Efforts to remediate contaminated sites are still a relatively new practice in the world of planning, policy and architecture; particularly in the United States. Remediation programs and policies currently in place create a ﬂexible but chaotic system, which can seem off-putting to developers, due to its complexity and cost. This complexity stems from the fact that the process encompasses a broad range of sites; ranging in size, use and contamination level. To respond to this variation the United States Environmental Protection Agency (USEPA) provides many different types of funding options, as well as technical / educational training through its Comprehensive Environmental Response, Compensation and Liability Act (CERCLA), also known as the Superfund Act.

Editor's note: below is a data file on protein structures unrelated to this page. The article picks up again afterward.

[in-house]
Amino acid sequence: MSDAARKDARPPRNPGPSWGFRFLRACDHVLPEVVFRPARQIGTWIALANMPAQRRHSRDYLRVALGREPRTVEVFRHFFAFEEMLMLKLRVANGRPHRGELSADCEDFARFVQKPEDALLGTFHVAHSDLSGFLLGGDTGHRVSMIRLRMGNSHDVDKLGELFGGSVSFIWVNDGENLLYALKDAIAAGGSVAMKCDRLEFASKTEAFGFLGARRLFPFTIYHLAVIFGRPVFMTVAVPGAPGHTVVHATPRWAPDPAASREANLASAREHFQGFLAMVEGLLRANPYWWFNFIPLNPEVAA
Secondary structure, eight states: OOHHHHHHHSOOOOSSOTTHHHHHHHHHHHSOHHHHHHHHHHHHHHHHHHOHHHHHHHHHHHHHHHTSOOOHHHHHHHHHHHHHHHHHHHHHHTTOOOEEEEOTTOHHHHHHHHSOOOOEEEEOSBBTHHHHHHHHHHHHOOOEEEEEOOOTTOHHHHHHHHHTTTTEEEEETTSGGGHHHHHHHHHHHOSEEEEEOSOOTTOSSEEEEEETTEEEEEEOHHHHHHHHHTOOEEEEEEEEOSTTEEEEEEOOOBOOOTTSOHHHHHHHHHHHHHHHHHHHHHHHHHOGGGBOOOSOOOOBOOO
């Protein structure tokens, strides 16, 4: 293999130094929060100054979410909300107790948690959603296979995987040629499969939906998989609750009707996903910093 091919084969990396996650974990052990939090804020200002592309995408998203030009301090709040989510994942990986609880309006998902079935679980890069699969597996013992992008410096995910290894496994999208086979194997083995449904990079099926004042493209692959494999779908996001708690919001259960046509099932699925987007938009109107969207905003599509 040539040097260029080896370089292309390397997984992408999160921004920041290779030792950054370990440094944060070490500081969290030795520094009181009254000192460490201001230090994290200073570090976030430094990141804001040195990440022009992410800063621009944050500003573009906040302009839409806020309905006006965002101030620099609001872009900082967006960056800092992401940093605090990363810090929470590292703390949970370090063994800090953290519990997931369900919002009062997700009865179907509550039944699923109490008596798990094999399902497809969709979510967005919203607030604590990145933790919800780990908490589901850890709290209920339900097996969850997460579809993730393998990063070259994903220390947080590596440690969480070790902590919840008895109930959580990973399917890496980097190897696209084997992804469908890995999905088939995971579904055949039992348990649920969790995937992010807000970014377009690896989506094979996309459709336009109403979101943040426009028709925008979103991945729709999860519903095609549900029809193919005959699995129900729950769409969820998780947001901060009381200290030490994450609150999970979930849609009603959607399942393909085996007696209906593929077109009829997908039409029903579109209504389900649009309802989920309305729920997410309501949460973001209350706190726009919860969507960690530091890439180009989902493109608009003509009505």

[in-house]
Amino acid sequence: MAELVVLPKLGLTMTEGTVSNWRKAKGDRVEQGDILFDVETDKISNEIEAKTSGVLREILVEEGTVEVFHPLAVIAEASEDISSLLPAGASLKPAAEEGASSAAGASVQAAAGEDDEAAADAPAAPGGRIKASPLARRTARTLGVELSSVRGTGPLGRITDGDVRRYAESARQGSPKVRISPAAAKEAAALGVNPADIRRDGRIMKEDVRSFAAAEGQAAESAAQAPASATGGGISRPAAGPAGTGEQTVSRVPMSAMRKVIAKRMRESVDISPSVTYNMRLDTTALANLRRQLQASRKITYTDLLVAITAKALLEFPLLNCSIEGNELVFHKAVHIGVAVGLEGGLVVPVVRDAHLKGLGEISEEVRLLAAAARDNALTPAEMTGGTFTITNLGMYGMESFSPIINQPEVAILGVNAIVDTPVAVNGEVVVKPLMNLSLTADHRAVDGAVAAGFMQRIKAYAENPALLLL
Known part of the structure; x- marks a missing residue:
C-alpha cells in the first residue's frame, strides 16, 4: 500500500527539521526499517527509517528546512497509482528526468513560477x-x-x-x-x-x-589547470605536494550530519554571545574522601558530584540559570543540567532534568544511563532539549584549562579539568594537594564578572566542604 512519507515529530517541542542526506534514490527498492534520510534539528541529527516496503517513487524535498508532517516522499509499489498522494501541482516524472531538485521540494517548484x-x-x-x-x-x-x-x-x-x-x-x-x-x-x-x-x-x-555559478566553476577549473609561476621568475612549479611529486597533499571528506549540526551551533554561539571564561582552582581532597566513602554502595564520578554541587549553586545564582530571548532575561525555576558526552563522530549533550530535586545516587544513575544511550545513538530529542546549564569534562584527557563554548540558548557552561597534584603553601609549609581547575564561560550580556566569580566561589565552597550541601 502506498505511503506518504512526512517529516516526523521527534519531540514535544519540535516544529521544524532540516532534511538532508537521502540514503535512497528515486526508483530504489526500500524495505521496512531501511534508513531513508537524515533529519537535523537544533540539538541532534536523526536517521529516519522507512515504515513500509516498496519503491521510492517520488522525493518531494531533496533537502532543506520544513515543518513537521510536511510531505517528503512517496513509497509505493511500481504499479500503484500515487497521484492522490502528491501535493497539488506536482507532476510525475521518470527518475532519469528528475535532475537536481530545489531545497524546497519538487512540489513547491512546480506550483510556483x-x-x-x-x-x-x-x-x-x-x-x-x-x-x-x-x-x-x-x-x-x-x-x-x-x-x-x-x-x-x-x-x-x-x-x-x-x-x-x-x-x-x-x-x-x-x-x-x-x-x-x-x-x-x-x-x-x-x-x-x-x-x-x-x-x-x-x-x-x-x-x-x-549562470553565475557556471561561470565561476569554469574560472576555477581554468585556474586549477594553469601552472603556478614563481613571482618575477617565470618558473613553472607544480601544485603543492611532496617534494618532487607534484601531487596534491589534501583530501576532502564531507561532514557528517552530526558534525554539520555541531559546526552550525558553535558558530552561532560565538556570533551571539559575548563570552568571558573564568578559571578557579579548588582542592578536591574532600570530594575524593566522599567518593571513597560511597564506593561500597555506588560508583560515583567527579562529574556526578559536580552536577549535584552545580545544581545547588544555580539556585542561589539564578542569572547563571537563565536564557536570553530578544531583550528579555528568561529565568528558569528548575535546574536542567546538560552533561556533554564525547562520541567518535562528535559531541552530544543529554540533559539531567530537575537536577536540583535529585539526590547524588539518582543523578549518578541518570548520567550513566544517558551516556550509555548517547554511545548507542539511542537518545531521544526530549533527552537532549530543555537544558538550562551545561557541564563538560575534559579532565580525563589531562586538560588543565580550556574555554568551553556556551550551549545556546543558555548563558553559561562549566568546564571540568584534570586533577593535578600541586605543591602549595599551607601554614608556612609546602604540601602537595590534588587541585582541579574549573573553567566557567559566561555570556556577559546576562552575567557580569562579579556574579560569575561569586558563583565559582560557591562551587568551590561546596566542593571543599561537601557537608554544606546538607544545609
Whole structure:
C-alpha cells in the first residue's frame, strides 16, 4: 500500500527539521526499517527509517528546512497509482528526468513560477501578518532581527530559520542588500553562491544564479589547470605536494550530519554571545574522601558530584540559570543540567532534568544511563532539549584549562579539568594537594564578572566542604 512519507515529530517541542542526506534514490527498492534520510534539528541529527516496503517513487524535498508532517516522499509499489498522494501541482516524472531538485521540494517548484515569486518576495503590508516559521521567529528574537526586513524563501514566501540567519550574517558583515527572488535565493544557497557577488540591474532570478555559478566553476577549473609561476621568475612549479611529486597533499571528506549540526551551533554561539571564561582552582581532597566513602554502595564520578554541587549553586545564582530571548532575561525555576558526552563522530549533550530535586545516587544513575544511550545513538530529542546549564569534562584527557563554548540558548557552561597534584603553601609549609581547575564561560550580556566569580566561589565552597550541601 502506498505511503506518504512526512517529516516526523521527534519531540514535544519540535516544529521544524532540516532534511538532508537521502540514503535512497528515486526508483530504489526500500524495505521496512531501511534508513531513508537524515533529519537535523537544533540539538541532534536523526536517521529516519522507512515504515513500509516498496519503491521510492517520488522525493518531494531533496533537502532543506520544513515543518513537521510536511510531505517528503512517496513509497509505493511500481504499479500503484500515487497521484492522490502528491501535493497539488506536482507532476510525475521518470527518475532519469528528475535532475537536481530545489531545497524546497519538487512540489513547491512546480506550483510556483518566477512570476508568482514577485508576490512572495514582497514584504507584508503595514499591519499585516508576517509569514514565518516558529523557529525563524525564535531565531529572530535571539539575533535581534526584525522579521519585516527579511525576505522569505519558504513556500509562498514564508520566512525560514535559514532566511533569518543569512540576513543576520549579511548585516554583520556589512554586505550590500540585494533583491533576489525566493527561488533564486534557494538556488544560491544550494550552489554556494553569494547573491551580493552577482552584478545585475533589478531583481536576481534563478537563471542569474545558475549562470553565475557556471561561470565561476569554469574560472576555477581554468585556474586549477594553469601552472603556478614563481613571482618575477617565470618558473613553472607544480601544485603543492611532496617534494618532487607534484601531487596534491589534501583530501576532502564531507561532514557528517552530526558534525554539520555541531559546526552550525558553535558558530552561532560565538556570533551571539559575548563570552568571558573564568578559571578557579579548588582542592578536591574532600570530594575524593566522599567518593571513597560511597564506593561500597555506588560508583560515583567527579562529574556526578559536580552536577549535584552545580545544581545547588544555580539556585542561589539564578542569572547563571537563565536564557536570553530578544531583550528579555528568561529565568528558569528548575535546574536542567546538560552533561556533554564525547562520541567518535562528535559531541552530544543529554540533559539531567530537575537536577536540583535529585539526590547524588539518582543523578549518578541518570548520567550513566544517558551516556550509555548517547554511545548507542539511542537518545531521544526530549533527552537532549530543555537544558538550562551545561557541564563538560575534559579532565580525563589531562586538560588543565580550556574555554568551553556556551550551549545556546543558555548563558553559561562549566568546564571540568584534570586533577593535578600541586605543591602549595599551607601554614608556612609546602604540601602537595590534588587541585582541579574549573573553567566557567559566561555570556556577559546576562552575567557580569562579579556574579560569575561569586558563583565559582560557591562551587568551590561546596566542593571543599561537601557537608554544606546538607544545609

This thesis was an attempt to investigate the differences of remediation policies and techniques across the United States in order to understand what conditions facilitate the efficiency of remediation and reuse in a location. This study design had three parts: ﬁrst, a comparative analysis of the proportion of Superfund sites by state; second, a comparative analysis of the proportion of sites by county within two selected states; and third, a case study analysis of selected sites from selected counties. Research involved secondary data analysis using the Superfund site database, CERCLIS, and population data from the 2010 US Census, resulting in the selection of New York and Texas, and their respective counties, for further analysis. In addition, site visits and documentation were done in New York and Texas. EPA officials, project managers and community leaders were interviewed in order to gain perspective on how remediation is undertaken and how reuse plays a part in the process. Recommendations are made to the EPA, as well as state and local governments, on how to craft better policies and programs in order to improve a site’s chances of being reused.